White People Can’t Save Seattle

by Bri Little

I moved to the “progressive” city of Seattle in August of last year with a commitment to justice. I work in the advocacy and organizing department of a well-established non-profit that provides homeless people with low-barrier employment. As I immersed myself into the world of homelessness advocacy, I was hopeful that the white people here would somehow be different.  And they are. But different doesn’t necessarily mean better. White people in Seattle are often more self-righteous because they believe they’re more leftist than any place else in the U.S. This insidious misconception hinders advancement in movements that should center the experiences of people of color.

I tend to tell people I didn’t meet a single white person until I went to college. While that’s not technically true, I had a very rose-colored view of white people and how whiteness operates in this country. I grew up in DC and went to public school where. I was surrounded by Black people and people of color of all kinds: immigrants, well-established DC natives like my parents and their friends. The fantasy ended when I went to college in a small town in Southeast Virginia.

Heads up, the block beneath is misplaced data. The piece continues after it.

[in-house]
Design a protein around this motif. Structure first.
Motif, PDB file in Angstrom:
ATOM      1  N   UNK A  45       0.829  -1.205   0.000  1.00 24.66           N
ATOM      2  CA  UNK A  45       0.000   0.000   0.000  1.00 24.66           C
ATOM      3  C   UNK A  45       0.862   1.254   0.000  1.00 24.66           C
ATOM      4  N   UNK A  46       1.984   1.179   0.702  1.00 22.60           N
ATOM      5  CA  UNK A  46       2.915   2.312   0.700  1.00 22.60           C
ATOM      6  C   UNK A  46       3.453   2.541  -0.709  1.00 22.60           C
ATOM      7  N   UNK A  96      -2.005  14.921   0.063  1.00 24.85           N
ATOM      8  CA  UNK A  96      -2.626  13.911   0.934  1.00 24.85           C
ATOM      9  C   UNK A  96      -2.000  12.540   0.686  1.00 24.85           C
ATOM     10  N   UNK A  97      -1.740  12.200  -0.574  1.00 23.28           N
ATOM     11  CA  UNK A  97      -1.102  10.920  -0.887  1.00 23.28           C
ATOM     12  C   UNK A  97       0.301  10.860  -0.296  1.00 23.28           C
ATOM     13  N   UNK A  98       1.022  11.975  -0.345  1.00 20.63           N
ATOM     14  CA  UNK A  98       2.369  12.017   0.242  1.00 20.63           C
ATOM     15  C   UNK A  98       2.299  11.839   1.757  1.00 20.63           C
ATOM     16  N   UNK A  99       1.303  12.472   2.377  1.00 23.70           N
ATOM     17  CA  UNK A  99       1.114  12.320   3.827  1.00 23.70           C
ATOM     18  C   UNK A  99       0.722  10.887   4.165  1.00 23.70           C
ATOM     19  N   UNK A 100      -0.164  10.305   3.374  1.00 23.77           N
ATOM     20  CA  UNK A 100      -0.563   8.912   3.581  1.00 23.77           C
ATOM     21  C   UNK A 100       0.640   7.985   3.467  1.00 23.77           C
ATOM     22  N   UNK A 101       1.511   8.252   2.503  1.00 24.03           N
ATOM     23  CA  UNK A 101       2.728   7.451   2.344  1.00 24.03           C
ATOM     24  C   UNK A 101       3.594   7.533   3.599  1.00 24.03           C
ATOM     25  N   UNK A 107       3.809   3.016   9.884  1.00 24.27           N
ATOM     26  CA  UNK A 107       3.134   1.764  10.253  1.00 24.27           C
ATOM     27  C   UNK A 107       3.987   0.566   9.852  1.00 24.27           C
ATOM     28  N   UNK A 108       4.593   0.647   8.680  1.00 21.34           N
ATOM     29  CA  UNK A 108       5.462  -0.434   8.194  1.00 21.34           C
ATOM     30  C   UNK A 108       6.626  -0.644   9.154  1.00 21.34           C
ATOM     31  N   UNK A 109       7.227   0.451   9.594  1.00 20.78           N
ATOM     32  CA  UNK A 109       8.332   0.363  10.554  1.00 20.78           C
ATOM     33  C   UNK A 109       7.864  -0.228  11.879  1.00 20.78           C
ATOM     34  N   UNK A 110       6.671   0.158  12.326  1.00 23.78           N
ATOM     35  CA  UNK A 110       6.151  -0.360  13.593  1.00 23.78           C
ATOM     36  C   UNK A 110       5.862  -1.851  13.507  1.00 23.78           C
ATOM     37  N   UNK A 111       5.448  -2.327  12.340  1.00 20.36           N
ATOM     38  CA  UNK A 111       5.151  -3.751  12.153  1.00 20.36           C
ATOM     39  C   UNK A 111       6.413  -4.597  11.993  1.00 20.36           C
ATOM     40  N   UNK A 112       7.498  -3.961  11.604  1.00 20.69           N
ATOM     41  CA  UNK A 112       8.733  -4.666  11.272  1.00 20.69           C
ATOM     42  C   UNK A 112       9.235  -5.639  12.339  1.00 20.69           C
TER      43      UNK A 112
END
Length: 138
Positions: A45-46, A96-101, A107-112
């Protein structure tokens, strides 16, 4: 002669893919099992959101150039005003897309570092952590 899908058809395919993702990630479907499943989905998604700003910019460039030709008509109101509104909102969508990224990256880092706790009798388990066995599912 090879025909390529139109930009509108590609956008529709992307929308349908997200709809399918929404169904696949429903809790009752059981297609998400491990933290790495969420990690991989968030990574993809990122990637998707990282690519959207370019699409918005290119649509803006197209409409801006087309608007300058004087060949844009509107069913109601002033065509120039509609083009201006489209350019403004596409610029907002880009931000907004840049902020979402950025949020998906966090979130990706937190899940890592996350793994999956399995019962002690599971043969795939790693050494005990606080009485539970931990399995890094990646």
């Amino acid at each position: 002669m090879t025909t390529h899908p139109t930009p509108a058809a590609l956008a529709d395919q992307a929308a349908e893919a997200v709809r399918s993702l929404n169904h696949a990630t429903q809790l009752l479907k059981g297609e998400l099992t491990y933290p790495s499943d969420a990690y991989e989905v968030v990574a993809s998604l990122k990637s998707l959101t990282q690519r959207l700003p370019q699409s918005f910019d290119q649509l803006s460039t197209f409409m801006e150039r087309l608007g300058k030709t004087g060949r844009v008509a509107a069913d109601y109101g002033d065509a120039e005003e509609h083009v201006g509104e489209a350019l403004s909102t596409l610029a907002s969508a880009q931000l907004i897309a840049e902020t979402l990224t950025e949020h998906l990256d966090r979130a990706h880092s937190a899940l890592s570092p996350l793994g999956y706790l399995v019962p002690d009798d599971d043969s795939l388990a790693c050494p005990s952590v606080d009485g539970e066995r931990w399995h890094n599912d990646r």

My four years of undergrad were the most trying, isolating times of my life to date. My college is very old and traditional and had homages to slave-owning historical figures generously sprinkled across the campus. I was forced to confront this country’s violent colonial history daily in a way my white peers never questioned. I experienced anti-black racism firsthand. My neighbor accused me of attacking her because she thought I posted about racism too much on social media. My roommate was the target of racist jokes when she ran for hall council because she was from a small country town and she “sounded ghetto.” It made no sense that once I graduated, I decided to move to one of the whitest places in the US to have a fresh start and perhaps to see this country with new eyes.